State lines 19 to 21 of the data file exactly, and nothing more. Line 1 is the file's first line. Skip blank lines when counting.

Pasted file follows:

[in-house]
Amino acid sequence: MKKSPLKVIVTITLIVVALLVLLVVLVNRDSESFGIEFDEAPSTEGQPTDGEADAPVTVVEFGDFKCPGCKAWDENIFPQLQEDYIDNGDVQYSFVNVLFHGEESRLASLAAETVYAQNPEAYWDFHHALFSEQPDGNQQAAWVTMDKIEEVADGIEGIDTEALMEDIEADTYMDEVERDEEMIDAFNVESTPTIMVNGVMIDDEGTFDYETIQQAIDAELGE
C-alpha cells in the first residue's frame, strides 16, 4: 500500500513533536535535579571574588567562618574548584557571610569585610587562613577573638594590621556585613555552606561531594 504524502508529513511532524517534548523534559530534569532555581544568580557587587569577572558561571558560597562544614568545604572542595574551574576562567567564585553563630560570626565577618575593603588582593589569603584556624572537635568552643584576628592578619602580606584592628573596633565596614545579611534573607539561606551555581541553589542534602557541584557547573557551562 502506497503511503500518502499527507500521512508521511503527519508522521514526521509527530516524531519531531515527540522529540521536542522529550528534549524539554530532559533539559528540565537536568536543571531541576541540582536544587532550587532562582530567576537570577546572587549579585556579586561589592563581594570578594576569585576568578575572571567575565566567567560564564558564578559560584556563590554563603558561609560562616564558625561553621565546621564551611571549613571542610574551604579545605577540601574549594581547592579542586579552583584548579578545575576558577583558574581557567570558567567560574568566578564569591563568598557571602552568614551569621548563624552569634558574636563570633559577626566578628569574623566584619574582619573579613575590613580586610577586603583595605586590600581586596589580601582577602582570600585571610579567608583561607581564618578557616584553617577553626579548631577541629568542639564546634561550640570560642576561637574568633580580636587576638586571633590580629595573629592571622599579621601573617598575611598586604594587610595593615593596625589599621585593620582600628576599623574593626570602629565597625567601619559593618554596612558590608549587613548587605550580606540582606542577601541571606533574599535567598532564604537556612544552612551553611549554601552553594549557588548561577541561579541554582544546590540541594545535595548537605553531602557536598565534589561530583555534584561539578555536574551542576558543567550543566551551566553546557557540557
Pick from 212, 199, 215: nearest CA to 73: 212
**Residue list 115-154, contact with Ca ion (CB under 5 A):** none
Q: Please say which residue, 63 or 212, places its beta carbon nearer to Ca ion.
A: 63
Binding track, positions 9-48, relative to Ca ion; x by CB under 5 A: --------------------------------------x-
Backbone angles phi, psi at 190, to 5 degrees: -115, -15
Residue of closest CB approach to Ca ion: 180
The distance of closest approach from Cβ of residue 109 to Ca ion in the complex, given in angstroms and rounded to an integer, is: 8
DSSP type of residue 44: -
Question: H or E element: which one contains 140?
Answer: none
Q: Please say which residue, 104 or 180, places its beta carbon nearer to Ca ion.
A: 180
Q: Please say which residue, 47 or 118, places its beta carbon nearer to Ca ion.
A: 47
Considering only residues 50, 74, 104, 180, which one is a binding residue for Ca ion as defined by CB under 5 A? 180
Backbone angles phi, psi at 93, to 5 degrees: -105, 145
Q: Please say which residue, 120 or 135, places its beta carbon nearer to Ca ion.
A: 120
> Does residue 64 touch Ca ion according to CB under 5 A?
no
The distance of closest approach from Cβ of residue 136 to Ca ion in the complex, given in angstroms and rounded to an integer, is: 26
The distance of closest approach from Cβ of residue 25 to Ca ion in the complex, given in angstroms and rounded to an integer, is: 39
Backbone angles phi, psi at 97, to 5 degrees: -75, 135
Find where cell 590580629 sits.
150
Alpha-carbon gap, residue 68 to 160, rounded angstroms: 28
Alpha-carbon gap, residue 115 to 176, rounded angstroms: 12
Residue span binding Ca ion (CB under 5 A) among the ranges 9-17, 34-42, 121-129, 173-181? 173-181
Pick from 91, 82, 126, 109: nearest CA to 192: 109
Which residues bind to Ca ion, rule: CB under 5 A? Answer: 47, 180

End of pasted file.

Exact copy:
Considering only residues 50, 74, 104, 180, which one is a binding residue for Ca ion as defined by CB under 5 A? 180
Backbone angles phi, psi at 93, to 5 degrees: -105, 145
Q: Please say which residue, 120 or 135, places its beta carbon nearer to Ca ion.